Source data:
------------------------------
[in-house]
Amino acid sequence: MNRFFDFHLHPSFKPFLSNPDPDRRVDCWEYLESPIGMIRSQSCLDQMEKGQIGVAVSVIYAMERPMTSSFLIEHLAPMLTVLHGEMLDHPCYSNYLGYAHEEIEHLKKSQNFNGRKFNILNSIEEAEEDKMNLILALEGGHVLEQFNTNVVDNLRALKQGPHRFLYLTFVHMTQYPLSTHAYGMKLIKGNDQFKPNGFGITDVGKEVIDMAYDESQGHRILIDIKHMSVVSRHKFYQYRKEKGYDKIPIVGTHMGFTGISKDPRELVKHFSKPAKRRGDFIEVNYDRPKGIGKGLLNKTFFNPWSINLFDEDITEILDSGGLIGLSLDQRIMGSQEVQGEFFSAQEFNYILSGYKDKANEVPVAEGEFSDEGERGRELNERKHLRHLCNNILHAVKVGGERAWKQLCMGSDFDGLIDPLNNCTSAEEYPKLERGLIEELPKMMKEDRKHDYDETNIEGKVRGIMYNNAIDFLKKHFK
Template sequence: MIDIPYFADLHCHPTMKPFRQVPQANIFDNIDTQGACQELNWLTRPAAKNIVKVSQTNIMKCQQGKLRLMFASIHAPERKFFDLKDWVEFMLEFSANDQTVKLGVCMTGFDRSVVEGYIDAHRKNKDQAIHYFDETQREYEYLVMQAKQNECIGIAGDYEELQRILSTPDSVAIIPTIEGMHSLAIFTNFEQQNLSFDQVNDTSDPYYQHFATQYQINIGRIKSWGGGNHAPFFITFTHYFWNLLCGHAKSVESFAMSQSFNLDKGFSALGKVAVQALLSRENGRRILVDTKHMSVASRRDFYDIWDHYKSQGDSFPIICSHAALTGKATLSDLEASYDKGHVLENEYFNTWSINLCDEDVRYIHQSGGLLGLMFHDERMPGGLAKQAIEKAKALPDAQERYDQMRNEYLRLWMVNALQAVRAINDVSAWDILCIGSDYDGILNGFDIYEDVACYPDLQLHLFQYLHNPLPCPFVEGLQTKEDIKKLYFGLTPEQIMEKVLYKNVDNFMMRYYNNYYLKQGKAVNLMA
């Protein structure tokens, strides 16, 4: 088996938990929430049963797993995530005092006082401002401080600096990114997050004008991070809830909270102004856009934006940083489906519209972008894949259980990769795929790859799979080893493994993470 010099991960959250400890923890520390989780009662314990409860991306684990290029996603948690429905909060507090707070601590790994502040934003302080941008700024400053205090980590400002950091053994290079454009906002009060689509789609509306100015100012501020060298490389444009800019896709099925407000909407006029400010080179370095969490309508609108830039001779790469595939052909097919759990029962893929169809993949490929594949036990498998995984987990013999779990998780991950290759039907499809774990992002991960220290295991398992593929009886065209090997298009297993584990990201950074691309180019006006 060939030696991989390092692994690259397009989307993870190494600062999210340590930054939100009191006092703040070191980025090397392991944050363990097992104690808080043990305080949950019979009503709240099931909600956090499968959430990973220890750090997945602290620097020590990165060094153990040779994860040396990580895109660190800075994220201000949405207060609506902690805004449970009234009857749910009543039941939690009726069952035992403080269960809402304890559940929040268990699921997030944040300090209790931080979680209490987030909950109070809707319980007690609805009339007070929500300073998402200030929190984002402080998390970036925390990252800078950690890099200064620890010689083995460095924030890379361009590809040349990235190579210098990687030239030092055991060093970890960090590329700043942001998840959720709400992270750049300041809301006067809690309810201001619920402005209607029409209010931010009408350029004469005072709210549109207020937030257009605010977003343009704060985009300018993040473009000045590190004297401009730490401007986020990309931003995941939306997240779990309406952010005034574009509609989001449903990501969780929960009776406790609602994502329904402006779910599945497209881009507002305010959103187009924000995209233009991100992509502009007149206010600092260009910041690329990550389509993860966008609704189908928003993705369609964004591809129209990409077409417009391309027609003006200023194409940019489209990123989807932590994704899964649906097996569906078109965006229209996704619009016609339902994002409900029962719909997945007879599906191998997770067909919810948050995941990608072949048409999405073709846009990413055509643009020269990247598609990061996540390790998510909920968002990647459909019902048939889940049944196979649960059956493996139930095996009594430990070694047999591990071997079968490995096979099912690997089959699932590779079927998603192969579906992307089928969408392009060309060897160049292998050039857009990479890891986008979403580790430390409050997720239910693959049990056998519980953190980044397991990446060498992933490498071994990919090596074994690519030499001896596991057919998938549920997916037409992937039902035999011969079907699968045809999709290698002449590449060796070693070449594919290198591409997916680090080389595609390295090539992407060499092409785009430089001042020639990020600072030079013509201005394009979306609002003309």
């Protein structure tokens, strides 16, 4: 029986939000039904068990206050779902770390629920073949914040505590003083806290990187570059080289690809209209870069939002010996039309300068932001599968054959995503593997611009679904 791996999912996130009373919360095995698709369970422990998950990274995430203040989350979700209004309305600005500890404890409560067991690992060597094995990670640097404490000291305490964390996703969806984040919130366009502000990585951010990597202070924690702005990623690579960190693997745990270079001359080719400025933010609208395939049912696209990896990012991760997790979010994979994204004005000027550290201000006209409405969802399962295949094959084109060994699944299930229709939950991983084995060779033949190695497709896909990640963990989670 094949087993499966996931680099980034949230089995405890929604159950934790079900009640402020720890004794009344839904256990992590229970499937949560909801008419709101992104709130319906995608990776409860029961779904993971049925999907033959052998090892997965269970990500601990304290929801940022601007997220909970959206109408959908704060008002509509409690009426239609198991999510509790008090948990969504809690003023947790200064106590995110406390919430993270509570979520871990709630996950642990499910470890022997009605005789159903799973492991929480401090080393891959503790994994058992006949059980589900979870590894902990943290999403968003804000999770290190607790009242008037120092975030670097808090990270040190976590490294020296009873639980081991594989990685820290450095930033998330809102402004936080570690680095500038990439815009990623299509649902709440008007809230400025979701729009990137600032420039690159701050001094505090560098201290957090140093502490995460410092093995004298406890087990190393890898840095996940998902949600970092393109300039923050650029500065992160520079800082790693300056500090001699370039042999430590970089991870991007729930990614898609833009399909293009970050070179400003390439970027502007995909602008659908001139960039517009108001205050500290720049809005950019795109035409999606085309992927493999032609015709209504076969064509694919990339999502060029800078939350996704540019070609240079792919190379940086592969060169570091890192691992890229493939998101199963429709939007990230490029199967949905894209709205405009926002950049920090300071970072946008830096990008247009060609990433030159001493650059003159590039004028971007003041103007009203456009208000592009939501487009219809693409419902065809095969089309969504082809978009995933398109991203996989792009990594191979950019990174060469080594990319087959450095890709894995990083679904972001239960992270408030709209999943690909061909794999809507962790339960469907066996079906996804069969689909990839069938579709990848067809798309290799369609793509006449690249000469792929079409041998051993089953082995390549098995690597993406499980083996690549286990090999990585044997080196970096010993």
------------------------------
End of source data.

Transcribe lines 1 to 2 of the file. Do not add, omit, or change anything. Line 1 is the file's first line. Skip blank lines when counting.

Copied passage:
[in-house]
Amino acid sequence: MNRFFDFHLHPSFKPFLSNPDPDRRVDCWEYLESPIGMIRSQSCLDQMEKGQIGVAVSVIYAMERPMTSSFLIEHLAPMLTVLHGEMLDHPCYSNYLGYAHEEIEHLKKSQNFNGRKFNILNSIEEAEEDKMNLILALEGGHVLEQFNTNVVDNLRALKQGPHRFLYLTFVHMTQYPLSTHAYGMKLIKGNDQFKPNGFGITDVGKEVIDMAYDESQGHRILIDIKHMSVVSRHKFYQYRKEKGYDKIPIVGTHMGFTGISKDPRELVKHFSKPAKRRGDFIEVNYDRPKGIGKGLLNKTFFNPWSINLFDEDITEILDSGGLIGLSLDQRIMGSQEVQGEFFSAQEFNYILSGYKDKANEVPVAEGEFSDEGERGRELNERKHLRHLCNNILHAVKVGGERAWKQLCMGSDFDGLIDPLNNCTSAEEYPKLERGLIEELPKMMKEDRKHDYDETNIEGKVRGIMYNNAIDFLKKHFK